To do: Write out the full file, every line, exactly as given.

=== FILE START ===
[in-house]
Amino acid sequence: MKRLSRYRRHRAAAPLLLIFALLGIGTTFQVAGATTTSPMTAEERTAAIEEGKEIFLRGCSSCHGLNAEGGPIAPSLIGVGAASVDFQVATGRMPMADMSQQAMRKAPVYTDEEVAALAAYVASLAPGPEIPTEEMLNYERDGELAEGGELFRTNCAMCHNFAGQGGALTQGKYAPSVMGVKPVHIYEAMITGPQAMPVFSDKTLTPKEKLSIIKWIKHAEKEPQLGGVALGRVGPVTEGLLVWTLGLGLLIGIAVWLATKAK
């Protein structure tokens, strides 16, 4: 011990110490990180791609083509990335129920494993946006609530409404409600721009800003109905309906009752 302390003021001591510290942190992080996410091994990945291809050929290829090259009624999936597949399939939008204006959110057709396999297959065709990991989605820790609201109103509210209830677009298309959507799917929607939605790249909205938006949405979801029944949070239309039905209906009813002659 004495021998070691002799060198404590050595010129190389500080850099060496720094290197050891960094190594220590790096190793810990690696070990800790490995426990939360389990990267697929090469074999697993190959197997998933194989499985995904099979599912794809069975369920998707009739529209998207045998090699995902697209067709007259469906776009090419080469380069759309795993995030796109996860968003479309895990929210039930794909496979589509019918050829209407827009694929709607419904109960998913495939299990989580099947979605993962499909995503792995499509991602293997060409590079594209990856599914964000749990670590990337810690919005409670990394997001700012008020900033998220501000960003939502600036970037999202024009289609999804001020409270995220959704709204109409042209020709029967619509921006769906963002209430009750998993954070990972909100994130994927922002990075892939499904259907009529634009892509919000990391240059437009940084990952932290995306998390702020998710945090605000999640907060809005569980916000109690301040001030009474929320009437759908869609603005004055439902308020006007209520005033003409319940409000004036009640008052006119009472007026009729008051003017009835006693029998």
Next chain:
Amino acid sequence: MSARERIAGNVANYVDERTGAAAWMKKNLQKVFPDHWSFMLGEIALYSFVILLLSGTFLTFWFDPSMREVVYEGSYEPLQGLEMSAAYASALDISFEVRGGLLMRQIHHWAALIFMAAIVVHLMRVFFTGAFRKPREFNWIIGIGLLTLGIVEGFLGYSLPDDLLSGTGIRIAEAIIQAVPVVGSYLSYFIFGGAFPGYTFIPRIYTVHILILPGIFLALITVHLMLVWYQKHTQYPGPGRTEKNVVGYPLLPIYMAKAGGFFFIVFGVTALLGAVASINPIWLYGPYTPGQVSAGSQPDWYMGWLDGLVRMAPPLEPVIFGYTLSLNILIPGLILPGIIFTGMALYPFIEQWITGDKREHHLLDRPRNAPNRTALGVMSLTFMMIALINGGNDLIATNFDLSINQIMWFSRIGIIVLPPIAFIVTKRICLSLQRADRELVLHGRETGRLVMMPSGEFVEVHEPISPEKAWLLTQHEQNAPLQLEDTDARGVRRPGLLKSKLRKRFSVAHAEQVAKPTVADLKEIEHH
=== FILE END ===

[in-house]
Amino acid sequence: MKRLSRYRRHRAAAPLLLIFALLGIGTTFQVAGATTTSPMTAEERTAAIEEGKEIFLRGCSSCHGLNAEGGPIAPSLIGVGAASVDFQVATGRMPMADMSQQAMRKAPVYTDEEVAALAAYVASLAPGPEIPTEEMLNYERDGELAEGGELFRTNCAMCHNFAGQGGALTQGKYAPSVMGVKPVHIYEAMITGPQAMPVFSDKTLTPKEKLSIIKWIKHAEKEPQLGGVALGRVGPVTEGLLVWTLGLGLLIGIAVWLATKAK
């Protein structure tokens, strides 16, 4: 011990110490990180791609083509990335129920494993946006609530409404409600721009800003109905309906009752 302390003021001591510290942190992080996410091994990945291809050929290829090259009624999936597949399939939008204006959110057709396999297959065709990991989605820790609201109103509210209830677009298309959507799917929607939605790249909205938006949405979801029944949070239309039905209906009813002659 004495021998070691002799060198404590050595010129190389500080850099060496720094290197050891960094190594220590790096190793810990690696070990800790490995426990939360389990990267697929090469074999697993190959197997998933194989499985995904099979599912794809069975369920998707009739529209998207045998090699995902697209067709007259469906776009090419080469380069759309795993995030796109996860968003479309895990929210039930794909496979589509019918050829209407827009694929709607419904109960998913495939299990989580099947979605993962499909995503792995499509991602293997060409590079594209990856599914964000749990670590990337810690919005409670990394997001700012008020900033998220501000960003939502600036970037999202024009289609999804001020409270995220959704709204109409042209020709029967619509921006769906963002209430009750998993954070990972909100994130994927922002990075892939499904259907009529634009892509919000990391240059437009940084990952932290995306998390702020998710945090605000999640907060809005569980916000109690301040001030009474929320009437759908869609603005004055439902308020006007209520005033003409319940409000004036009640008052006119009472007026009729008051003017009835006693029998």
Next chain:
Amino acid sequence: MSARERIAGNVANYVDERTGAAAWMKKNLQKVFPDHWSFMLGEIALYSFVILLLSGTFLTFWFDPSMREVVYEGSYEPLQGLEMSAAYASALDISFEVRGGLLMRQIHHWAALIFMAAIVVHLMRVFFTGAFRKPREFNWIIGIGLLTLGIVEGFLGYSLPDDLLSGTGIRIAEAIIQAVPVVGSYLSYFIFGGAFPGYTFIPRIYTVHILILPGIFLALITVHLMLVWYQKHTQYPGPGRTEKNVVGYPLLPIYMAKAGGFFFIVFGVTALLGAVASINPIWLYGPYTPGQVSAGSQPDWYMGWLDGLVRMAPPLEPVIFGYTLSLNILIPGLILPGIIFTGMALYPFIEQWITGDKREHHLLDRPRNAPNRTALGVMSLTFMMIALINGGNDLIATNFDLSINQIMWFSRIGIIVLPPIAFIVTKRICLSLQRADRELVLHGRETGRLVMMPSGEFVEVHEPISPEKAWLLTQHEQNAPLQLEDTDARGVRRPGLLKSKLRKRFSVAHAEQVAKPTVADLKEIEHH